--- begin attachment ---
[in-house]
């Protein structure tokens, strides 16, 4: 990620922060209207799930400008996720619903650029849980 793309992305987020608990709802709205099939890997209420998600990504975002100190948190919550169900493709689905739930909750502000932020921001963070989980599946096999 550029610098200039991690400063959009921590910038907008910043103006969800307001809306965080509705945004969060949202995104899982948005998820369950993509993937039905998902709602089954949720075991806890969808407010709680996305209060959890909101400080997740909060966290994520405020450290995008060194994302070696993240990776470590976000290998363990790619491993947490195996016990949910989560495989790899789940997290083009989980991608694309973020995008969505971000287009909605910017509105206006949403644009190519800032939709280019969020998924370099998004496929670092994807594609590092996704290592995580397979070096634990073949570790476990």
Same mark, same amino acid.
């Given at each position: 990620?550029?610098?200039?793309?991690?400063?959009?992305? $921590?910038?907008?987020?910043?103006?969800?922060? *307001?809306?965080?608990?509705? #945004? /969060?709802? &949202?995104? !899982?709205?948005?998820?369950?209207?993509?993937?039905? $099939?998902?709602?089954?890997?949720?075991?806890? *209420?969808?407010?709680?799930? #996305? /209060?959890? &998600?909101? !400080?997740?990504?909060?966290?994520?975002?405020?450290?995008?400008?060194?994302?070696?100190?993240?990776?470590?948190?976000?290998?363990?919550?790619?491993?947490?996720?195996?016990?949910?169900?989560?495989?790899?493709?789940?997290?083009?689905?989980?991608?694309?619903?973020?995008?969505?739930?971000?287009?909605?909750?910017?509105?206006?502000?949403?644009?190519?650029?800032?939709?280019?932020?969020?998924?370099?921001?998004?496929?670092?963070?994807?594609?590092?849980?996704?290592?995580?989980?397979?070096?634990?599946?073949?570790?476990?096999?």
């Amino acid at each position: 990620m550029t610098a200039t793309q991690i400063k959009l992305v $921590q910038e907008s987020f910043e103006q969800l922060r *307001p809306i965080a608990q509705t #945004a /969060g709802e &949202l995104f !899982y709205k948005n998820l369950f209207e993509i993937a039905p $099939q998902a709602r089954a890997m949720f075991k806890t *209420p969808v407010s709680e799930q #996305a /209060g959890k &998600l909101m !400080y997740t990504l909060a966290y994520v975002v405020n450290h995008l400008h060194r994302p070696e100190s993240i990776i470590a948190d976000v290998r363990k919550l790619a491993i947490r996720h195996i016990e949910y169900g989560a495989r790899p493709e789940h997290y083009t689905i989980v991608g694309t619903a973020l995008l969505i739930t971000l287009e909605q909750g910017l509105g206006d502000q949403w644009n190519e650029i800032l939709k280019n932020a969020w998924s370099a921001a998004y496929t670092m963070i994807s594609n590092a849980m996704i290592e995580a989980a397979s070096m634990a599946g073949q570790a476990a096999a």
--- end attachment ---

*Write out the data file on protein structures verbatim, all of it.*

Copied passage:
[in-house]
């Protein structure tokens, strides 16, 4: 990620922060209207799930400008996720619903650029849980 793309992305987020608990709802709205099939890997209420998600990504975002100190948190919550169900493709689905739930909750502000932020921001963070989980599946096999 550029610098200039991690400063959009921590910038907008910043103006969800307001809306965080509705945004969060949202995104899982948005998820369950993509993937039905998902709602089954949720075991806890969808407010709680996305209060959890909101400080997740909060966290994520405020450290995008060194994302070696993240990776470590976000290998363990790619491993947490195996016990949910989560495989790899789940997290083009989980991608694309973020995008969505971000287009909605910017509105206006949403644009190519800032939709280019969020998924370099998004496929670092994807594609590092996704290592995580397979070096634990073949570790476990």
Same mark, same amino acid.
């Given at each position: 990620?550029?610098?200039?793309?991690?400063?959009?992305? $921590?910038?907008?987020?910043?103006?969800?922060? *307001?809306?965080?608990?509705? #945004? /969060?709802? &949202?995104? !899982?709205?948005?998820?369950?209207?993509?993937?039905? $099939?998902?709602?089954?890997?949720?075991?806890? *209420?969808?407010?709680?799930? #996305? /209060?959890? &998600?909101? !400080?997740?990504?909060?966290?994520?975002?405020?450290?995008?400008?060194?994302?070696?100190?993240?990776?470590?948190?976000?290998?363990?919550?790619?491993?947490?996720?195996?016990?949910?169900?989560?495989?790899?493709?789940?997290?083009?689905?989980?991608?694309?619903?973020?995008?969505?739930?971000?287009?909605?909750?910017?509105?206006?502000?949403?644009?190519?650029?800032?939709?280019?932020?969020?998924?370099?921001?998004?496929?670092?963070?994807?594609?590092?849980?996704?290592?995580?989980?397979?070096?634990?599946?073949?570790?476990?096999?």
């Amino acid at each position: 990620m550029t610098a200039t793309q991690i400063k959009l992305v $921590q910038e907008s987020f910043e103006q969800l922060r *307001p809306i965080a608990q509705t #945004a /969060g709802e &949202l995104f !899982y709205k948005n998820l369950f209207e993509i993937a039905p $099939q998902a709602r089954a890997m949720f075991k806890t *209420p969808v407010s709680e799930q #996305a /209060g959890k &998600l909101m !400080y997740t990504l909060a966290y994520v975002v405020n450290h995008l400008h060194r994302p070696e100190s993240i990776i470590a948190d976000v290998r363990k919550l790619a491993i947490r996720h195996i016990e949910y169900g989560a495989r790899p493709e789940h997290y083009t689905i989980v991608g694309t619903a973020l995008l969505i739930t971000l287009e909605q909750g910017l509105g206006d502000q949403w644009n190519e650029i800032l939709k280019n932020a969020w998924s370099a921001a998004y496929t670092m963070i994807s594609n590092a849980m996704i290592e995580a989980a397979s070096m634990a599946g073949q570790a476990a096999a």